Phytase in Swine Diets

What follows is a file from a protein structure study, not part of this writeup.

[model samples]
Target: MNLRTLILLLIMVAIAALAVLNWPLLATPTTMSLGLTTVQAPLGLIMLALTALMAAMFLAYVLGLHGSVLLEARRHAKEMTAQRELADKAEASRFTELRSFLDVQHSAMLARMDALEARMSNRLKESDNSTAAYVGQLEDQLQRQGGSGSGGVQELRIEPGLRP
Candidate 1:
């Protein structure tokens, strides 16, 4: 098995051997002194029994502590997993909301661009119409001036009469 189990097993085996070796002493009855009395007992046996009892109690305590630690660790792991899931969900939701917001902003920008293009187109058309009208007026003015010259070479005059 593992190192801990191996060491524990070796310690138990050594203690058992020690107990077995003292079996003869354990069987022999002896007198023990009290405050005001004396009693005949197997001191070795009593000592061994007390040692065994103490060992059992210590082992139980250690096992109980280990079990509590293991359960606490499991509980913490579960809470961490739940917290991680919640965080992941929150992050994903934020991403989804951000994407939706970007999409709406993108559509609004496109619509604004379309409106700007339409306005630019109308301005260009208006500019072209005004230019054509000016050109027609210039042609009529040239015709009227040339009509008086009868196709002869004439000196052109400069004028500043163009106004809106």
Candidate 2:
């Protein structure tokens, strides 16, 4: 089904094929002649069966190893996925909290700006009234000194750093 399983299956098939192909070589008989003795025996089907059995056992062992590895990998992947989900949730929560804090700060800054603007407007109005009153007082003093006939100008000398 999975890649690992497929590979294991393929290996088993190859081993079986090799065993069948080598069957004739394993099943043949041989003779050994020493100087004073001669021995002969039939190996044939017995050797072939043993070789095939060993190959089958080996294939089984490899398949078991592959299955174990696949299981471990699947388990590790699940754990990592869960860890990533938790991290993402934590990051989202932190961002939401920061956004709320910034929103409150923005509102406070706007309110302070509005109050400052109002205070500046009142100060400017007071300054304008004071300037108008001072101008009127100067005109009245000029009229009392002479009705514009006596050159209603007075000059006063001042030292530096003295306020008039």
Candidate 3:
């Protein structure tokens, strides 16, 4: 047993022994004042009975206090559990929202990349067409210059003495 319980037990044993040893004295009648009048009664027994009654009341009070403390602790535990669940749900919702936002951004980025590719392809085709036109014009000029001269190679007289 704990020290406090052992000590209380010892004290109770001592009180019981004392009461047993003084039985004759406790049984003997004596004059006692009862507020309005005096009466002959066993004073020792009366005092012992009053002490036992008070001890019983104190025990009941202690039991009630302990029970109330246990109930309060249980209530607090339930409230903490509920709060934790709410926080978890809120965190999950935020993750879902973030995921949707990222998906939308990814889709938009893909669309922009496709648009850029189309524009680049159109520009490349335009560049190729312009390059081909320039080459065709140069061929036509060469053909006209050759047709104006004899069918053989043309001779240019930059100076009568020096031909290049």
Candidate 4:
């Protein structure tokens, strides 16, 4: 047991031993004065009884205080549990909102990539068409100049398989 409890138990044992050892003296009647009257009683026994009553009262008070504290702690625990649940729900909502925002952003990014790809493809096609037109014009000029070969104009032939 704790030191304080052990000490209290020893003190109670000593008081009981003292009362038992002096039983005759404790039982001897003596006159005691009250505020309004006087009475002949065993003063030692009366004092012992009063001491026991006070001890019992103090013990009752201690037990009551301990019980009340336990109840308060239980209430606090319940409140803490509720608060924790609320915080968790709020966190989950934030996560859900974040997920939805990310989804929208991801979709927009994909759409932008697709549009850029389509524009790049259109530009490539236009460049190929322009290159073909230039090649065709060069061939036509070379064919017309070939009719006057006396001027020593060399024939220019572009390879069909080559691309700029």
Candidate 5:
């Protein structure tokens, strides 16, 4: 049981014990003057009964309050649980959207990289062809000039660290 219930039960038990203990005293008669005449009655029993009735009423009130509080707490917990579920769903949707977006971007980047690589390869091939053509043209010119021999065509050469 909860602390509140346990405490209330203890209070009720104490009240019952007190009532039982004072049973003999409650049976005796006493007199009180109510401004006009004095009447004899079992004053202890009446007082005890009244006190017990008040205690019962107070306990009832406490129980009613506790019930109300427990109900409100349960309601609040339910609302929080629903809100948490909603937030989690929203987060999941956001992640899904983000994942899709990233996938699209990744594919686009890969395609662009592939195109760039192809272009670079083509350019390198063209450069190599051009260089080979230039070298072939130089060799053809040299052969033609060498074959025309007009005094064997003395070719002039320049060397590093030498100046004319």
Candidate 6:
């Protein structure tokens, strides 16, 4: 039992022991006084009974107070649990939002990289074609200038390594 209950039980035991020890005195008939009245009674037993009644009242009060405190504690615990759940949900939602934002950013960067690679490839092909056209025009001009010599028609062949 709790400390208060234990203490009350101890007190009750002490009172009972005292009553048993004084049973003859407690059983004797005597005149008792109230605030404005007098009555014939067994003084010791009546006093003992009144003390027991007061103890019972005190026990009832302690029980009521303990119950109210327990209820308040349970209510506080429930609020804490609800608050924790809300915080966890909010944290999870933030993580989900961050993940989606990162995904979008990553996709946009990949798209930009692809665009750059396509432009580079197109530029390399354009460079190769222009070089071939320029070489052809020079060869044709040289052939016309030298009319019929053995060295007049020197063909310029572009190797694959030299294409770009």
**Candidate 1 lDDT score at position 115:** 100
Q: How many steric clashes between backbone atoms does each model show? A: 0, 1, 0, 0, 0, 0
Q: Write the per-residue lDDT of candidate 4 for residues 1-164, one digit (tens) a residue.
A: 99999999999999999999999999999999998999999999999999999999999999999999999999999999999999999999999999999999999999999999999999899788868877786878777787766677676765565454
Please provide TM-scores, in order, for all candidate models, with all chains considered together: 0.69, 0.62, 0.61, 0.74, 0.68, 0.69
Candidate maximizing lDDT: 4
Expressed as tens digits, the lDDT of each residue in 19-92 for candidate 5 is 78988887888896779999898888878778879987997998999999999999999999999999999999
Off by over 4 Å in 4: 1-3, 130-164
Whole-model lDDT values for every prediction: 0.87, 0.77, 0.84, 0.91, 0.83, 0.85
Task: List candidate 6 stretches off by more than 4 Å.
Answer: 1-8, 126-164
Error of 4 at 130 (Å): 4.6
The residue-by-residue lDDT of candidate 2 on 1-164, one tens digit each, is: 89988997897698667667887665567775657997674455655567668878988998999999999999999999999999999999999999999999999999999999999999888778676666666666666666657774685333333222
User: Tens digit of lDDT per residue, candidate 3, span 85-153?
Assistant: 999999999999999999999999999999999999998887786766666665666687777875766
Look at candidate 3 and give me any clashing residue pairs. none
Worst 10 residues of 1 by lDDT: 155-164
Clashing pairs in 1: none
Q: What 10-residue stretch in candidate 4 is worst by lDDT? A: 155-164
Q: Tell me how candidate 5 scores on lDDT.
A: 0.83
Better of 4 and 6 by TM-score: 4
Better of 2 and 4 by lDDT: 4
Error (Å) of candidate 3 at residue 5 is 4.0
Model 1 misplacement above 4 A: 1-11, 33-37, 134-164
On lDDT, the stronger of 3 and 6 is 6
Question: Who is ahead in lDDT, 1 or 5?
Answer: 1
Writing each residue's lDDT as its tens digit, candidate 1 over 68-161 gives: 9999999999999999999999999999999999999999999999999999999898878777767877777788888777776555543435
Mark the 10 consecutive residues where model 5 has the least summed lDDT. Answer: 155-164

2001 University of Nebraska-Lincoln Extension Swine Report. An experiment was conducted to determine whether phytase additions to swine growing-finishing diets improved the availability of lysine, calcium, energy and phosphorus in corn and soybean meal-based diets. Diets investigated for growing-finishing barrows of high-lean-gain potential included: 1) University of Nebraska recommended diet formulations; 2) diets formulated to contain 85% of the lysine recommended; 3) lysine-deficient diets formulated with phytase; 4) phytaseformulated diets with phytase deleted; and 5) phytase-formulated diets with phytase deleted and with additional calcium and phosphorus. Pigs fed diets formulated to 85% of the recommended lysine level had slower growth, slower daily lean gain, poorer feed conversion, and less carcass lean. There was no effect of phytase addition or deletion on growth, feed efficiency, or carcass lean. There was no effect of phytase addition or deletion on bone strength or bone ash. These results do not agree with the large body of evidence regarding the improvement in availability of phosphorus in corn and soybean meal with the addition of phytase to swine diets and may be related to the growth impairment associated with the lysine deficiency.